The PCD enzyme is involved in the regeneration of tetrahydrobiopterin (Blau et al. 2014). During the hydroxylation of phenylalanine by the phenylalanine hydroxylase enzyme, the tetrahydrobiopterin (BH4) cofactor is converted to 4α-carbinolaminetetryhydrobiopterin. This compound is subsequently converted to quinoid dihydrobiopterin via the activity of the PCD enzyme. Finally, the Dihydropteridine Reductase (DHPR) enzyme converts the q-dihydrobiopterin back to tetrahydrobiopterin (Citron et al. 1993; Blau et al. 2014). In addition, the PCD enzyme is also thought to act as a dimerization cofactor (and is thus sometimes called DCoH) for the transcription factor HNF-1α, and is thought to stimulate activity of this transcription factor (Blau et al. 2014; Ferrè et al. 2014; Simaite et al. 2014).

Clinical Sensitivity - Sequencing with CNV PGxome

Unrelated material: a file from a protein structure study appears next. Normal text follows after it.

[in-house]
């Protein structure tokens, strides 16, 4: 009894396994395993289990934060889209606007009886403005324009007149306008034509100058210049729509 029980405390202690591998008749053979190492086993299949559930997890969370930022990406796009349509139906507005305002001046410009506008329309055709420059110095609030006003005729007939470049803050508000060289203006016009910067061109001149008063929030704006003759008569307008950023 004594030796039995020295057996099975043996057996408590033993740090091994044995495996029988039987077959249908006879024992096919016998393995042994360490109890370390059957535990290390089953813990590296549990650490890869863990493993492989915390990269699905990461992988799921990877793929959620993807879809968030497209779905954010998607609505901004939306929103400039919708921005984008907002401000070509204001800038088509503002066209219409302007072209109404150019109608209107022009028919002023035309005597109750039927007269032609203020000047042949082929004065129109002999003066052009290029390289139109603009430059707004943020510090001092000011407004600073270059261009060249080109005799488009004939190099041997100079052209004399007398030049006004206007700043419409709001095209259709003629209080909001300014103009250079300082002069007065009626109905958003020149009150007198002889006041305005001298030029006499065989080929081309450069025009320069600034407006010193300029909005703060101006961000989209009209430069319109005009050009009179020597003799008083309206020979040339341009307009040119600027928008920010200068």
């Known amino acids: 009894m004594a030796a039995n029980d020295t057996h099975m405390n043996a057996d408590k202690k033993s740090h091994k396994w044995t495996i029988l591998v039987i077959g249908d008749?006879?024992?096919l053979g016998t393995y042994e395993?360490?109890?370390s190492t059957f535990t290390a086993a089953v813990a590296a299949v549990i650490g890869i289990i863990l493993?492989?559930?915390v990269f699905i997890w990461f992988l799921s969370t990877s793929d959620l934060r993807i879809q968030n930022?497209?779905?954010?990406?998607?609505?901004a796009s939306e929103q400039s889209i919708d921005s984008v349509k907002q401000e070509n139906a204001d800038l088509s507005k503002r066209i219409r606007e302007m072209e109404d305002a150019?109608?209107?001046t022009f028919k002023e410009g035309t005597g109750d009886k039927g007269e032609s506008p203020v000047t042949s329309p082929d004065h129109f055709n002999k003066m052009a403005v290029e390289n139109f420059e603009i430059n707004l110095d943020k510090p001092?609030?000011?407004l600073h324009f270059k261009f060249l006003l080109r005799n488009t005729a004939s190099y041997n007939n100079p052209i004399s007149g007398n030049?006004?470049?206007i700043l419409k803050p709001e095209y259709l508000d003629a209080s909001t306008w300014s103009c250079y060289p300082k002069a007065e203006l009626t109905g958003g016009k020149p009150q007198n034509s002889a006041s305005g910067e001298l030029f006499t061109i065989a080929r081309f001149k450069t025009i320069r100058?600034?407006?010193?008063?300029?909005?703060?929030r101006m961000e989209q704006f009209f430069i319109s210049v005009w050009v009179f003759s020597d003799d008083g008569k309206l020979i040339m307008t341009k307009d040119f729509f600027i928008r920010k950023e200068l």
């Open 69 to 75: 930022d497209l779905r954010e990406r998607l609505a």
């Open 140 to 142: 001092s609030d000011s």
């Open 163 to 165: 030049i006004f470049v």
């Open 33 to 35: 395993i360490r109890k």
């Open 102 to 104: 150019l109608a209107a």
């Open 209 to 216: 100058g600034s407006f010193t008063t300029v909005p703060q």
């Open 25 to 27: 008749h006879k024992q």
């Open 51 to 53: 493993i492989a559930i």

Clinical sensitivity is difficult to estimate because only a small number of patients have been reported. Analytical sensitivity should be high because all of the variants reported to date are detectable by direct sequencing.

Testing Strategy

This test provides full coverage of all coding exons of the PCBD1 gene plus 10 bases of flanking noncoding DNA in all available transcripts along with other non-coding regions in which pathogenic variants have been identified at PreventionGenetics or reported elsewhere. We define full coverage as >20X NGS reads or Sanger sequencing. PGnome panels typically provide slightly increased coverage over the PGxome equivalent. PGnome sequencing panels have the added benefit of additional analysis and reporting of deep intronic regions (where applicable).

Dependent on the sequencing backbone selected for this testing, discounted reflex testing to any other similar backbone-based test is available (i.e., PGxome panel to whole PGxome; PGnome panel to whole PGnome).

Indications for Test